WHEN:   Thursday, January 28, 11 am until 8 p.m.

9 Comments leave one →
  1. Mr. Sunshine permalink
    January 28, 2010 9:41 am

    I agree, Daniel B. I cannot understand the vitriol directed at Chipotle–on Table Hopping blog, for example. I can only conclude that many people writing to Steve Barnes simply have no taste. I know that sounds like an elitist arrogant food snob but as you point out, Chipotle’s ingredients are OBJECTIVELY superior, not just subjectively! Taco Bell is just short of garbage, Moe’s blows, and the other places people rave about are local one-store places that can’t and shouldn’t be compared to a restaurant that’s trying to bring superior ingredients to the fast food masses. They also complain about the price, as if good ingredients should be the same price as crappy ingredients.

  2. January 28, 2010 2:25 pm

    I have drunk the Chipotle Kool-Aid®, even visited the Iowa farm where some of Steve Ell’s happy pigs are raised. But here’s the thing. Their fresh salsas aren’t very interesting, the servers aren’t particularly generous with them, and the jarred hot sauces available for self-adjusting your flavor taste, well, jarred.

    Moe’s, on the other hand, has some exceptional good sauces and you can ladle them on until your mouth is afire. Hola!

    Since you are on a high level with your Chipotle-ness, Profusser, try asking them to put a few sauces out for their customers to apply themselves instead of requesting from the server. (And that’s another thing. To me the magic is in combinations–tomatillo for tartness, ancho for smokiness and plenty of the plain hot stuff–but you feel a little greedy asking the Chipotle server for more than one.)

  3. R.J. permalink
    January 28, 2010 5:31 pm

    Daniel, I sent you an e-mail, but thought I should try here as well. We need to know the city or town you are currently living in for the WingDing article. Feel free to e-mail me. Thanks.

  4. January 28, 2010 7:37 pm

    I’m not a fan of Moe’s, by the time I see those burritos when my husband brings home take out dinner, they look and taste like mush. I fell in love with Chipotle on a summer road trip, and am ecstatic to have them in our area. While I’m not a fussy eater, I can’t see how anyone could miss the difference with the fresh ingredients: lime in the chips, cilantro in the rice, and braised in flavor in the meats.

  5. Don permalink
    January 28, 2010 7:57 pm

    Darn. Wish I had read about this before going out for dinner at the new crepe place in Crestwood, rather than after.

  6. Sarah M. permalink
    January 28, 2010 9:47 pm

    So your little show here is only to direct people to your personal chain of restaurants? Is that cool?

    Just kidding, Ron! Chipotle 4ever.

  7. Elyse permalink
    January 29, 2010 9:25 am

    Dear Daniel,

    I am a relatively new reader and a fan of your blog. I have also relocated to Albany after a long stint on the West Coast (Seattle- not nearly the food mecca that the bay area is, but not too shabby). I usually find your commentary right on (especially your column about wine shops in the times union), albeit quixotic (in a lovable way). I love your “mission”and pretty much everything you stand for in this blog.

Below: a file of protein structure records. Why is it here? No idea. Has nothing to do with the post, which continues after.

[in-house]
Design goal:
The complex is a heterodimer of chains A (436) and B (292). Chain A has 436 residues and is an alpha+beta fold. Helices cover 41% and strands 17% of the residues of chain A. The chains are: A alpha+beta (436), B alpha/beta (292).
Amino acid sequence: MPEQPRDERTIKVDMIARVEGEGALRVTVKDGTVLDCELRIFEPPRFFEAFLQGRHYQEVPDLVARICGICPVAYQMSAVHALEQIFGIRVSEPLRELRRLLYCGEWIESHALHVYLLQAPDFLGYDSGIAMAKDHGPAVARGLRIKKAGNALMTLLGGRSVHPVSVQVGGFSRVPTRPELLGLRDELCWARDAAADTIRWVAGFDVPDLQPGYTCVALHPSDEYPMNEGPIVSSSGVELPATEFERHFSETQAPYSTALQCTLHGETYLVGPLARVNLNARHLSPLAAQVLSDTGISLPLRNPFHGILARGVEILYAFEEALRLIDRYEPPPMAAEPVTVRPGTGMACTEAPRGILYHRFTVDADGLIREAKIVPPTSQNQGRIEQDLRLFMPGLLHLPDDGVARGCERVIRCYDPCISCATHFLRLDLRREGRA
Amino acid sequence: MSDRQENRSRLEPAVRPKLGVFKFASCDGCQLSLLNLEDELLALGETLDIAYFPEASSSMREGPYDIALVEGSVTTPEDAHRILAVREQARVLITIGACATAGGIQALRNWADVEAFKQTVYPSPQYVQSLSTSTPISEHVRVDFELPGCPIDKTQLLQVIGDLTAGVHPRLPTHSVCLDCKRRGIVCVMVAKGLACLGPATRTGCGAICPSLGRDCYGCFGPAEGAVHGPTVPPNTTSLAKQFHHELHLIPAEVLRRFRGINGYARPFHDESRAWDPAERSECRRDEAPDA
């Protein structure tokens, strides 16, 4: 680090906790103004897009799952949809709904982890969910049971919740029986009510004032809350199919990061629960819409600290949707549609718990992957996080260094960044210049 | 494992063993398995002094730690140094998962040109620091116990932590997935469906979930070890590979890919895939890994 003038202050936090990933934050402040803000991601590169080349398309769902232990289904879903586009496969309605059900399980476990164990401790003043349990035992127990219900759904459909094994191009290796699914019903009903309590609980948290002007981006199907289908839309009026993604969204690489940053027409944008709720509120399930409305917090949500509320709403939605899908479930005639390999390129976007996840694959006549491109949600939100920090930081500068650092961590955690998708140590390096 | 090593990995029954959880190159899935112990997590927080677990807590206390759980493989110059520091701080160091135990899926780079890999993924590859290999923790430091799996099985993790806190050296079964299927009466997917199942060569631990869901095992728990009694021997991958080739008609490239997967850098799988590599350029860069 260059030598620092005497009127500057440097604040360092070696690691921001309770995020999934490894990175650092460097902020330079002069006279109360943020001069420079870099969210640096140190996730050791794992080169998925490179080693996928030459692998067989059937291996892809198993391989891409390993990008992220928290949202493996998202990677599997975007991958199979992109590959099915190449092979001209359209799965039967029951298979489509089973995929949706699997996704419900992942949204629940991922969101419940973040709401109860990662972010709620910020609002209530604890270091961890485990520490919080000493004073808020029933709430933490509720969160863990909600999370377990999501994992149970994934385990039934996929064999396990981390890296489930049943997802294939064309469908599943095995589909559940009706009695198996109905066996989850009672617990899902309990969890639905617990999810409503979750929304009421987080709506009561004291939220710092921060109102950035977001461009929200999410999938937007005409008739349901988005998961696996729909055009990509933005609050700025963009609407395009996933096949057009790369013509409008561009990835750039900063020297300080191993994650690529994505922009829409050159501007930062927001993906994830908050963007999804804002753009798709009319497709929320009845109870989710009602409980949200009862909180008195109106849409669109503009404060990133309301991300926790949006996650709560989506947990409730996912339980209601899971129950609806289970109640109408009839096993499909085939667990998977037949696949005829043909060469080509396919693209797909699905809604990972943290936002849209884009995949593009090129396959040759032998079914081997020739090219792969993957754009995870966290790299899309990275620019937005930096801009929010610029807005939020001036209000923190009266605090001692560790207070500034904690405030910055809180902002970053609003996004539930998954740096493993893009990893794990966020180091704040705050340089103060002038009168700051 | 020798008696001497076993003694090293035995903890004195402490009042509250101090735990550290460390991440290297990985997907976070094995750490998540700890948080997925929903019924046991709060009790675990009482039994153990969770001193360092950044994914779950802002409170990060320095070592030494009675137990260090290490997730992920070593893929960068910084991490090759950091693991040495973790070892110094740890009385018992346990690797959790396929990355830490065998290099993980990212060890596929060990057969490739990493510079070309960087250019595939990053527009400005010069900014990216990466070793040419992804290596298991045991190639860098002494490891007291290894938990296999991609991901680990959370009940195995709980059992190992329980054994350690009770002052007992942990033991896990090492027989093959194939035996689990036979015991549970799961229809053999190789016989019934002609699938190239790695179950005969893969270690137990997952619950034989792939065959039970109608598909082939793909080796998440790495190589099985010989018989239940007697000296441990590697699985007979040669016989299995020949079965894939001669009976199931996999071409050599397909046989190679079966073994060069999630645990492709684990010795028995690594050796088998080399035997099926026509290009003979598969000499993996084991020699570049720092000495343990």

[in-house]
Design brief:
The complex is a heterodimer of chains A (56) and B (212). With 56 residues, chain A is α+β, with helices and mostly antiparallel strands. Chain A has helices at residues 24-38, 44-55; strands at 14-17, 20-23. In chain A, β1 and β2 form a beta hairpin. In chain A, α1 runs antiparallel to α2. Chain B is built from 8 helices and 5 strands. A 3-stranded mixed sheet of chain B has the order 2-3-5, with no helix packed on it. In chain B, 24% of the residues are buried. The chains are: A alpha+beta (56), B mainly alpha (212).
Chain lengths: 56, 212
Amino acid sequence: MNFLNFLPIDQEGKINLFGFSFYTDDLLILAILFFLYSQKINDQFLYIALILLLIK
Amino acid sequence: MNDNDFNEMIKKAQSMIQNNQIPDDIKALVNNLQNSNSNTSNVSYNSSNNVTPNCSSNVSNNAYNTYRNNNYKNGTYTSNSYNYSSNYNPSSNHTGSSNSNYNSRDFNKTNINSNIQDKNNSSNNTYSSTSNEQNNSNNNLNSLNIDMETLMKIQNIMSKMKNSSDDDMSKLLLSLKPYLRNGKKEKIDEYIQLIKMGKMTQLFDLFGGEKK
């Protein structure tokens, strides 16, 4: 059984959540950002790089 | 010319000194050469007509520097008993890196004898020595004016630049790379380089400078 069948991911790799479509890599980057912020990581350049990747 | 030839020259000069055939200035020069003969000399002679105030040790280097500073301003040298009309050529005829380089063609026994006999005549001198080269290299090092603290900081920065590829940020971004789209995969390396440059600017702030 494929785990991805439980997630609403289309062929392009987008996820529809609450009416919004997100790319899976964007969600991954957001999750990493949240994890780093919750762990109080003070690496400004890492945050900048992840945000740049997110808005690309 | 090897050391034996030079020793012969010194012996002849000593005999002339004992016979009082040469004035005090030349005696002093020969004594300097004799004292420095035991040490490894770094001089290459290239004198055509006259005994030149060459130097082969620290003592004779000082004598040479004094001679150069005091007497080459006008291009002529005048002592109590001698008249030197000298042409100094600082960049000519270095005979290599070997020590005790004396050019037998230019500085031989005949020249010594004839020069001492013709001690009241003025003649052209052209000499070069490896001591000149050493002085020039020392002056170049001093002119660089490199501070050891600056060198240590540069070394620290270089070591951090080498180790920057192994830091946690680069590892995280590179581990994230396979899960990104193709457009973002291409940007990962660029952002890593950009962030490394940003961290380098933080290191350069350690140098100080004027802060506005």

However, I am puzzled and disturbed by your love for Chipotle. Their sustainability model is excellent, but it doesn’t make up for the way their food tastes, or rather, doesn’t taste. It is totally bland. I’d expect higher standards of Mexican food from someone who spent some time in California! Did you forget what it’s supposed to taste like?

    My opinion was not formed by a bad first impression of the place. There was a Chipotle in Seattle that I frequented every once in a while for the entire 10 years I was there. Fine for a quick bite when it was convenient, but not very tasty and absolutely not worth going out of my way for.

    Also I’ve never eaten at Moe’s so I can’t compare. As far as I know you can’t get a decent burrito around here, which is fine with me- I’m more of a taco eater (and I make a damn good taco).

  8. January 31, 2010 11:58 am

    Taste is subjective and to my tastes, Chipotle is good. I disagree that their fresh salsas aren’t very good, they taste like salsa should taste which is not predominantly of heat, that’s what hot sauce is for.

    If you feel greedy asking for more than one kind of salsa, that’s on you. That doesn’t really have anything to do with Chipotle’s model. I don’t eat cheese or sour cream on my burrito so I always get several salsas. No one’s ever made me feel weird for asking and the servings are more than generous. Have you seen the ladles they use for the salsa? Looks about 1/4 to 1/3 cup to me which is a very generous amount.

    The one thing I was surprised about was how many calories and fat there are in the tortillas. I think I am going to switch to the bowls because of it. My favorite combination is the flavorful and tender carnitas and tomatillo and corn salsa.

    And now I am likely to spend the rest of the day thinking about carnitas…

    One other thing, I’d say I am not your typical fast food eater. I don’t eat it at all actually. Personal choice I made many, many years ago. But I have relaxed my standards to be able to eat Five Guys, which I love and with Chipotle I can have that fast food experience without feeling like I have relaxed my standards at all.

  9. February 8, 2010 10:47 pm

    BurFREEtos! You’re funny.